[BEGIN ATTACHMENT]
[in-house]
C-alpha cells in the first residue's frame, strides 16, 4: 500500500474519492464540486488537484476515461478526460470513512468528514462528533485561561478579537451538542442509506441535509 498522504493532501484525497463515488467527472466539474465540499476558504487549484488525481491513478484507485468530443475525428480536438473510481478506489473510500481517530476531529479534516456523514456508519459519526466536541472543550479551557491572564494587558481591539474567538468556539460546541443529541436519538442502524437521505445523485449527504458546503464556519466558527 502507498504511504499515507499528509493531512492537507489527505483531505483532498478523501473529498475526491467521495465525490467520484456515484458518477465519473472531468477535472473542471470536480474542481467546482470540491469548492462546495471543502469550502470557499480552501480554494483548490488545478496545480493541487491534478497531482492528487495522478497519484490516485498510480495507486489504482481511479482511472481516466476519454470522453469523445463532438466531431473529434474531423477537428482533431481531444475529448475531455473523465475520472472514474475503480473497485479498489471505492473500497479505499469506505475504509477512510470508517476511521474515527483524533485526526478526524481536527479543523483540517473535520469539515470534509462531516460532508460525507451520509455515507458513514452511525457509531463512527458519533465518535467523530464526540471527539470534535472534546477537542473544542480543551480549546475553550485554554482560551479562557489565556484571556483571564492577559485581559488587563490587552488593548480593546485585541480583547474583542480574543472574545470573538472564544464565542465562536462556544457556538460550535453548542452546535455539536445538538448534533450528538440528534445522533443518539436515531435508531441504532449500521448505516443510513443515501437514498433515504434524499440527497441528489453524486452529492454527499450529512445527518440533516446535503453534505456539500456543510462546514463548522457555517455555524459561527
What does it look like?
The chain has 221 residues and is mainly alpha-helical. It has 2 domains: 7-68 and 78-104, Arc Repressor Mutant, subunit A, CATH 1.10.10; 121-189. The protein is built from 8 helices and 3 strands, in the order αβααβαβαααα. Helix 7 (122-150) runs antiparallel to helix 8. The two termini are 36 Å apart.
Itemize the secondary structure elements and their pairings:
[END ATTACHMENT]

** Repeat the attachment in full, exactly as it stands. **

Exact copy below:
[in-house]
C-alpha cells in the first residue's frame, strides 16, 4: 500500500474519492464540486488537484476515461478526460470513512468528514462528533485561561478579537451538542442509506441535509 498522504493532501484525497463515488467527472466539474465540499476558504487549484488525481491513478484507485468530443475525428480536438473510481478506489473510500481517530476531529479534516456523514456508519459519526466536541472543550479551557491572564494587558481591539474567538468556539460546541443529541436519538442502524437521505445523485449527504458546503464556519466558527 502507498504511504499515507499528509493531512492537507489527505483531505483532498478523501473529498475526491467521495465525490467520484456515484458518477465519473472531468477535472473542471470536480474542481467546482470540491469548492462546495471543502469550502470557499480552501480554494483548490488545478496545480493541487491534478497531482492528487495522478497519484490516485498510480495507486489504482481511479482511472481516466476519454470522453469523445463532438466531431473529434474531423477537428482533431481531444475529448475531455473523465475520472472514474475503480473497485479498489471505492473500497479505499469506505475504509477512510470508517476511521474515527483524533485526526478526524481536527479543523483540517473535520469539515470534509462531516460532508460525507451520509455515507458513514452511525457509531463512527458519533465518535467523530464526540471527539470534535472534546477537542473544542480543551480549546475553550485554554482560551479562557489565556484571556483571564492577559485581559488587563490587552488593548480593546485585541480583547474583542480574543472574545470573538472564544464565542465562536462556544457556538460550535453548542452546535455539536445538538448534533450528538440528534445522533443518539436515531435508531441504532449500521448505516443510513443515501437514498433515504434524499440527497441528489453524486452529492454527499450529512445527518440533516446535503453534505456539500456543510462546514463548522457555517455555524459561527
What does it look like?
The chain has 221 residues and is mainly alpha-helical. It has 2 domains: 7-68 and 78-104, Arc Repressor Mutant, subunit A, CATH 1.10.10; 121-189. The protein is built from 8 helices and 3 strands, in the order αβααβαβαααα. Helix 7 (122-150) runs antiparallel to helix 8. The two termini are 36 Å apart.
Itemize the secondary structure elements and their pairings: